Ontario signs $3B health-care deal with feds to increase access to doctors, reduce wait times
Published Friday, February 9, 2024 7:36AM EST
Last Updated Friday, February 9, 2024 11:00AM EST
Ontario Premier Doug Ford has signed a $3.1-billion health-care deal with the federal government to increase access to primary care and reduce wait times.
The agreement was announced by Prime Minister Justin Trudeau late Friday morning, making Ontario the fifth province to come to an agreement with Ottawa for its share of a $200-billion health accord.
The other provinces with agreements include British Columbia, Prince Edward Island, Alberta and Nova Scotia.
The announcement comes almost a year after the two governments reached a 10-year deal in principle to pay for health care in Ontario, with an additional $46 billion in funding to the Canada Health Transfer.
Premiers have been asking the federal government to increase their annual health transfers to cover 35 per cent of their health budgets, up from 22 per cent.
This kind of increase would have amounted to about $28 billion a year, with an additional five per cent annually after that.
About a year ago, Ottawa said its bilateral deal with Ontario included $8.4 billion and a one-time top-up of $776 million to address “urgent needs” in pediatric hospitals and emergency rooms.
As part of the deal, provinces had to agree to expand access to family health services, support health workers and reduce backlogs, increase mental health and substance use support, and modernize their health-care systems to include digital tools.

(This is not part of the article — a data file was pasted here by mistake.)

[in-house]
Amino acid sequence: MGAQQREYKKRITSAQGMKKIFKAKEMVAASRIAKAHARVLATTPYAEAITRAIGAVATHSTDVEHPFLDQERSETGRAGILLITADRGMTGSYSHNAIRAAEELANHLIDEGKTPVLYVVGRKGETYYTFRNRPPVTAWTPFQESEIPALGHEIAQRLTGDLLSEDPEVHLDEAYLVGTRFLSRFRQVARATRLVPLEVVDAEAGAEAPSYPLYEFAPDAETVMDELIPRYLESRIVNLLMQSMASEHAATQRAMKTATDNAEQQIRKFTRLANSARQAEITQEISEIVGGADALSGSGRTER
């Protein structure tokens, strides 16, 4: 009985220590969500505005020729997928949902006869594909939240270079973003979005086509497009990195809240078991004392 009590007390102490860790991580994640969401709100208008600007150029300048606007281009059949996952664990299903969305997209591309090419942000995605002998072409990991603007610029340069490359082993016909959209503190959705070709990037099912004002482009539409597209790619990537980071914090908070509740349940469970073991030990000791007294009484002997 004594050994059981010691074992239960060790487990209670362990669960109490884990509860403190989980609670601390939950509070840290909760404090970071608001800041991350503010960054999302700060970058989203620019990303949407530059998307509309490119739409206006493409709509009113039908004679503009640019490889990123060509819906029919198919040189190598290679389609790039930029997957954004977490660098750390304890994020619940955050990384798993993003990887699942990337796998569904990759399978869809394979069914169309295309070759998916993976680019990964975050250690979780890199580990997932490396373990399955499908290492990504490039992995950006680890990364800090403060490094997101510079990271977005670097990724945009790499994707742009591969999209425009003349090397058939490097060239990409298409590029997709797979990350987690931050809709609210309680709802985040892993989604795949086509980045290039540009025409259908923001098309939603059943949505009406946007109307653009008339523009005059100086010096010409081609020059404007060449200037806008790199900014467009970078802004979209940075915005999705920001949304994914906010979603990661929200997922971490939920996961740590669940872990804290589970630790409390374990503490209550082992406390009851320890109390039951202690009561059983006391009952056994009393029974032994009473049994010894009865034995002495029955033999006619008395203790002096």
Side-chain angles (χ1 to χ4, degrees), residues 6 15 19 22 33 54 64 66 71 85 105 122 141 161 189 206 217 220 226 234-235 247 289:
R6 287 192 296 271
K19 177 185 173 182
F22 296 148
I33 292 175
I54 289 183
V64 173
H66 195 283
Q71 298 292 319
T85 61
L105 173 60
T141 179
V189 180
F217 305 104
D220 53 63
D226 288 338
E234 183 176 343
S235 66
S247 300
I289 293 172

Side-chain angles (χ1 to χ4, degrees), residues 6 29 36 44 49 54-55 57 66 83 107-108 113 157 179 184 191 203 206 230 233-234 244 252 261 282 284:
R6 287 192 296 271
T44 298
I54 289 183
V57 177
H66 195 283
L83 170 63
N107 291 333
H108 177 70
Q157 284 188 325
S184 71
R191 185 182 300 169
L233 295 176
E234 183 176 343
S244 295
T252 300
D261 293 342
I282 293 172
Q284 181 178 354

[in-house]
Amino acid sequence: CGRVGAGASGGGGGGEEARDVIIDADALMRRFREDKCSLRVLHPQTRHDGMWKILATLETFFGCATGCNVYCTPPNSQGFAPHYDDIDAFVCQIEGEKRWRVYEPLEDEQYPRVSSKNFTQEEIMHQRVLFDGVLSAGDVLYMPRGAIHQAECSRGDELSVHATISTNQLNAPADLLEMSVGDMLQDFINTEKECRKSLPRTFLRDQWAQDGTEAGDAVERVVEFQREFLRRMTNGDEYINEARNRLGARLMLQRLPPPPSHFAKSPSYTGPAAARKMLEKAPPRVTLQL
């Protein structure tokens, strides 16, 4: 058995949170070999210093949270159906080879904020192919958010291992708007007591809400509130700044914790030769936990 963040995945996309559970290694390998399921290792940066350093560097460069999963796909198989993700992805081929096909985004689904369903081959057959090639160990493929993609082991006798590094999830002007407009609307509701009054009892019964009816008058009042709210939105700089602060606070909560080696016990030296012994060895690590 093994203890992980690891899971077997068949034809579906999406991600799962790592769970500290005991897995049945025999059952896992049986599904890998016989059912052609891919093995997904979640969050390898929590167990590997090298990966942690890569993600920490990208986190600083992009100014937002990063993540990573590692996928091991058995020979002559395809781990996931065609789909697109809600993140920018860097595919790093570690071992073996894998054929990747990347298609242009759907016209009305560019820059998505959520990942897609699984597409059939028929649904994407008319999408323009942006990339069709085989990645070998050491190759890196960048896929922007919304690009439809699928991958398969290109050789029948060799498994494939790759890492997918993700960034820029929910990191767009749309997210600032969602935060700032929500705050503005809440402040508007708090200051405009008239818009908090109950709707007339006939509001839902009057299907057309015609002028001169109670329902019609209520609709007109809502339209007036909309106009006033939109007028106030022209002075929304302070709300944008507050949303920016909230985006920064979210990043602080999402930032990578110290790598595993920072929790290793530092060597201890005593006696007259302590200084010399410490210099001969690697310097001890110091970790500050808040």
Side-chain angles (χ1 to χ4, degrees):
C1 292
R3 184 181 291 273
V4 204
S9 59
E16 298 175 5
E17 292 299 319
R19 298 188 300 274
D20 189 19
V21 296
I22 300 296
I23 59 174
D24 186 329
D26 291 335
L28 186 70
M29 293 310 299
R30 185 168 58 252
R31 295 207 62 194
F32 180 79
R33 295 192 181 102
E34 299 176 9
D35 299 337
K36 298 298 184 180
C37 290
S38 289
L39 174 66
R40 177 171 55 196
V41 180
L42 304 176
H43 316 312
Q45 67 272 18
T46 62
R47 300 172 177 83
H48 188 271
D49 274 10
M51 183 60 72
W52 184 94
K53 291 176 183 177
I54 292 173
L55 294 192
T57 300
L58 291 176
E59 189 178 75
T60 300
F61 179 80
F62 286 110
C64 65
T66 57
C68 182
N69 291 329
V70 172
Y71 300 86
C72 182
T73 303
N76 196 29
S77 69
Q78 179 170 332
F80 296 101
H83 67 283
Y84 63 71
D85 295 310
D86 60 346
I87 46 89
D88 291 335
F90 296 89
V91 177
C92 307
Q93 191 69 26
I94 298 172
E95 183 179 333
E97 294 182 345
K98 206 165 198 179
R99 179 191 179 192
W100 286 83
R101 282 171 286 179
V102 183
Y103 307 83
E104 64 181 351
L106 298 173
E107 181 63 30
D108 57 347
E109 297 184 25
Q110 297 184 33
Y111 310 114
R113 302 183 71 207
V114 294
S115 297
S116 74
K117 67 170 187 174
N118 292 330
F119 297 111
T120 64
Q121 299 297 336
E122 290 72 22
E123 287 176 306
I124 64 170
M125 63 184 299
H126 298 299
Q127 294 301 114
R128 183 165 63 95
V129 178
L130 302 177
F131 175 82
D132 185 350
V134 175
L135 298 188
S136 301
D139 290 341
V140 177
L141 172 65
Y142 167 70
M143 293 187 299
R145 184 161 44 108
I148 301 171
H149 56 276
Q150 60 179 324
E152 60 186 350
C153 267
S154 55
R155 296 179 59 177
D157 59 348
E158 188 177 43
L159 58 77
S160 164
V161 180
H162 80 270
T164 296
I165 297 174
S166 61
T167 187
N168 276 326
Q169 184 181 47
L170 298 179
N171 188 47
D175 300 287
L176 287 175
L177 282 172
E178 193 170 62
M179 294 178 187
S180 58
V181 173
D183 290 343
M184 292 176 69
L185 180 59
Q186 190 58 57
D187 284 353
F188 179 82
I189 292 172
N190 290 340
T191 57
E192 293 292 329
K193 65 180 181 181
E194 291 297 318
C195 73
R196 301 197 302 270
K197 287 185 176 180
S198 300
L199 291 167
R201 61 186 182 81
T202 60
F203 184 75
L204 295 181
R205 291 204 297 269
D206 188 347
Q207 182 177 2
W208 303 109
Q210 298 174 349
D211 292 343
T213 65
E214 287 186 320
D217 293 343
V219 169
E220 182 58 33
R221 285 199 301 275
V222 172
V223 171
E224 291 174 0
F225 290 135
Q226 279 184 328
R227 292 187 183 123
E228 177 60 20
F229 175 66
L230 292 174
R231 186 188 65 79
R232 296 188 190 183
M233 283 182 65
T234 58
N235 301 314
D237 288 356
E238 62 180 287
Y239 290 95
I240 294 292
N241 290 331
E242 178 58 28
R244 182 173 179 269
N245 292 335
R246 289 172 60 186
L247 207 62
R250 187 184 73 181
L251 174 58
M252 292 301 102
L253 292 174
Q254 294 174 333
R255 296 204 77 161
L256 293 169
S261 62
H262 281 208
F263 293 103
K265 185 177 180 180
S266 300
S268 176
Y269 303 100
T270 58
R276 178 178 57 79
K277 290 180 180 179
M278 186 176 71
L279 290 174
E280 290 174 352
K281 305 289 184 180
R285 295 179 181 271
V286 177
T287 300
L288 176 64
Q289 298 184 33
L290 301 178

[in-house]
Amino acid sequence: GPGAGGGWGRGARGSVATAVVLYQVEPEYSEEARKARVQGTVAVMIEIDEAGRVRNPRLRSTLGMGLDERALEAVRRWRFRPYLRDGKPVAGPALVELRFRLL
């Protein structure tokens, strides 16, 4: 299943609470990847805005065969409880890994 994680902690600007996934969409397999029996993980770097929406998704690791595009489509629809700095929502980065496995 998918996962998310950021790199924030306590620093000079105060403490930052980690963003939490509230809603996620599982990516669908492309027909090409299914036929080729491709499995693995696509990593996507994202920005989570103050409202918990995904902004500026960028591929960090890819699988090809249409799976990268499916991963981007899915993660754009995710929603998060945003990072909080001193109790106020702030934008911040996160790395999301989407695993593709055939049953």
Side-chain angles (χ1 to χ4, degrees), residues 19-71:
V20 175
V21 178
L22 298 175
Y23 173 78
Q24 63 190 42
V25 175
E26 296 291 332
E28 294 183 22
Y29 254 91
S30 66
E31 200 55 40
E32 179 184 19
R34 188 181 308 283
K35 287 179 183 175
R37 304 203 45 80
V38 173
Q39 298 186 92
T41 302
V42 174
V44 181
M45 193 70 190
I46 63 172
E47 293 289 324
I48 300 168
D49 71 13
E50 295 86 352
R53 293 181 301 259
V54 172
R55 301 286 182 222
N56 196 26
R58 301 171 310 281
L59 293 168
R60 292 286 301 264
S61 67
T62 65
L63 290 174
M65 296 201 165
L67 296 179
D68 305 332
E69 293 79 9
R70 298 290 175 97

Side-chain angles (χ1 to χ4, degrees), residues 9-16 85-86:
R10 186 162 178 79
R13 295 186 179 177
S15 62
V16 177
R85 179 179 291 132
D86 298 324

The $3.1 billion promised Friday covers the first three years of this agreement, ministry officials confirmed.
“For generations, universally accessible health care has been a core part of what it means to be Canadian,” Trudeau told reporters. “It’s built on a promise that, no matter where you live or what you earn, you will always be able to get the medical care you need.”
Under the agreement, Ontario has pledged to add hundreds of new family physicians and nurse practitioners, as well as thousands of nurses and personal support workers to fill staffing shortages. The funding will also be used to remove barriers for internationally trained doctors, add five new Youth Wellness Hubs, and address gaps in Indigenous health-care services.
Ford called the deal “historic,” saying it was about advancing priorities regardless of political stripes and will help fund targeted programs.
“This new funding will bolster the significant work we are doing in Ontario,” he said.
“While we are pleased with our progress, we know there is more work to do. That’s why today’s agreement is so important to strengthening our health-care system.”
More resources needed, medical association says
The Ontario Medical Association said that while the funding announcement is welcome and has the potential to help with urgent issues, it is not enough to address “significant structural challenges” within the health-care system.
“While we tackle the most urgent issues, we also need to ensure we have a long-term, stable funding formula to fix the underlying issues in [the] system and build for [the] future, knowing we have an aging and more medically complex patient population,” OMA President Dr. Andrew Park said in statement.
The OMA has been ringing alarm bells for years, warning that 2.3 million people in Ontario are without a family doctor.
CUPE's Ontario Council of Hospital Unions said last month that a survey showed two in five workers in the province had contemplated leaving their jobs and a similar amount dread going to work due to understaffing.